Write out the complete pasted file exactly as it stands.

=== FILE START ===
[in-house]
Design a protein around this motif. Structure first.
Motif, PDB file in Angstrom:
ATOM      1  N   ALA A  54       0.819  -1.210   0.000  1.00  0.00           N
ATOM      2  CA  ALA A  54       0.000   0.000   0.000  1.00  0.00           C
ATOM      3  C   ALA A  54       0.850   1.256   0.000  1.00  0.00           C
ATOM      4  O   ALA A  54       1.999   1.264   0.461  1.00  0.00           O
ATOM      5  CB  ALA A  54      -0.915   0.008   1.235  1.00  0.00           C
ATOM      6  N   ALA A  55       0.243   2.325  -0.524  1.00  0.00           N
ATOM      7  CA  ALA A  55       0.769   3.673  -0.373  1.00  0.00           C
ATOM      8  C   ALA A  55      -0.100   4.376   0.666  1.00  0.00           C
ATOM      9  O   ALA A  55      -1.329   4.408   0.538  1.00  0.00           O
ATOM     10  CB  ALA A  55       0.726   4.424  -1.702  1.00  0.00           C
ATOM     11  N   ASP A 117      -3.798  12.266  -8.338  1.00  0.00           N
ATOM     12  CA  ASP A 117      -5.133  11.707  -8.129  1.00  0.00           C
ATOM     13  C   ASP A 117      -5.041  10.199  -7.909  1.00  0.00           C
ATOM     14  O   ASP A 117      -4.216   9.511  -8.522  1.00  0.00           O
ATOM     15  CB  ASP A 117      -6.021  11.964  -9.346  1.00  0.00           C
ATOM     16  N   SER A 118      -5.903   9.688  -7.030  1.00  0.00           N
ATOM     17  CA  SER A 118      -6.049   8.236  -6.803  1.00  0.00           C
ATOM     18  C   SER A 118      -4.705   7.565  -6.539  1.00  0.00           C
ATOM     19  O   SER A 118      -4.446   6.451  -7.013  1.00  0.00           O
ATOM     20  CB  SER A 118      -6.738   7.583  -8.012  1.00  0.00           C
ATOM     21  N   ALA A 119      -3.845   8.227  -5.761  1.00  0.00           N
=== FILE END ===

[in-house]
Design a protein around this motif. Structure first.
Motif, PDB file in Angstrom:
ATOM      1  N   ALA A  54       0.819  -1.210   0.000  1.00  0.00           N
ATOM      2  CA  ALA A  54       0.000   0.000   0.000  1.00  0.00           C
ATOM      3  C   ALA A  54       0.850   1.256   0.000  1.00  0.00           C
ATOM      4  O   ALA A  54       1.999   1.264   0.461  1.00  0.00           O
ATOM      5  CB  ALA A  54      -0.915   0.008   1.235  1.00  0.00           C
ATOM      6  N   ALA A  55       0.243   2.325  -0.524  1.00  0.00           N
ATOM      7  CA  ALA A  55       0.769   3.673  -0.373  1.00  0.00           C
ATOM      8  C   ALA A  55      -0.100   4.376   0.666  1.00  0.00           C
ATOM      9  O   ALA A  55      -1.329   4.408   0.538  1.00  0.00           O
ATOM     10  CB  ALA A  55       0.726   4.424  -1.702  1.00  0.00           C
ATOM     11  N   ASP A 117      -3.798  12.266  -8.338  1.00  0.00           N
ATOM     12  CA  ASP A 117      -5.133  11.707  -8.129  1.00  0.00           C
ATOM     13  C   ASP A 117      -5.041  10.199  -7.909  1.00  0.00           C
ATOM     14  O   ASP A 117      -4.216   9.511  -8.522  1.00  0.00           O
ATOM     15  CB  ASP A 117      -6.021  11.964  -9.346  1.00  0.00           C
ATOM     16  N   SER A 118      -5.903   9.688  -7.030  1.00  0.00           N
ATOM     17  CA  SER A 118      -6.049   8.236  -6.803  1.00  0.00           C
ATOM     18  C   SER A 118      -4.705   7.565  -6.539  1.00  0.00           C
ATOM     19  O   SER A 118      -4.446   6.451  -7.013  1.00  0.00           O
ATOM     20  CB  SER A 118      -6.738   7.583  -8.012  1.00  0.00           C
ATOM     21  N   ALA A 119      -3.845   8.227  -5.761  1.00  0.00           N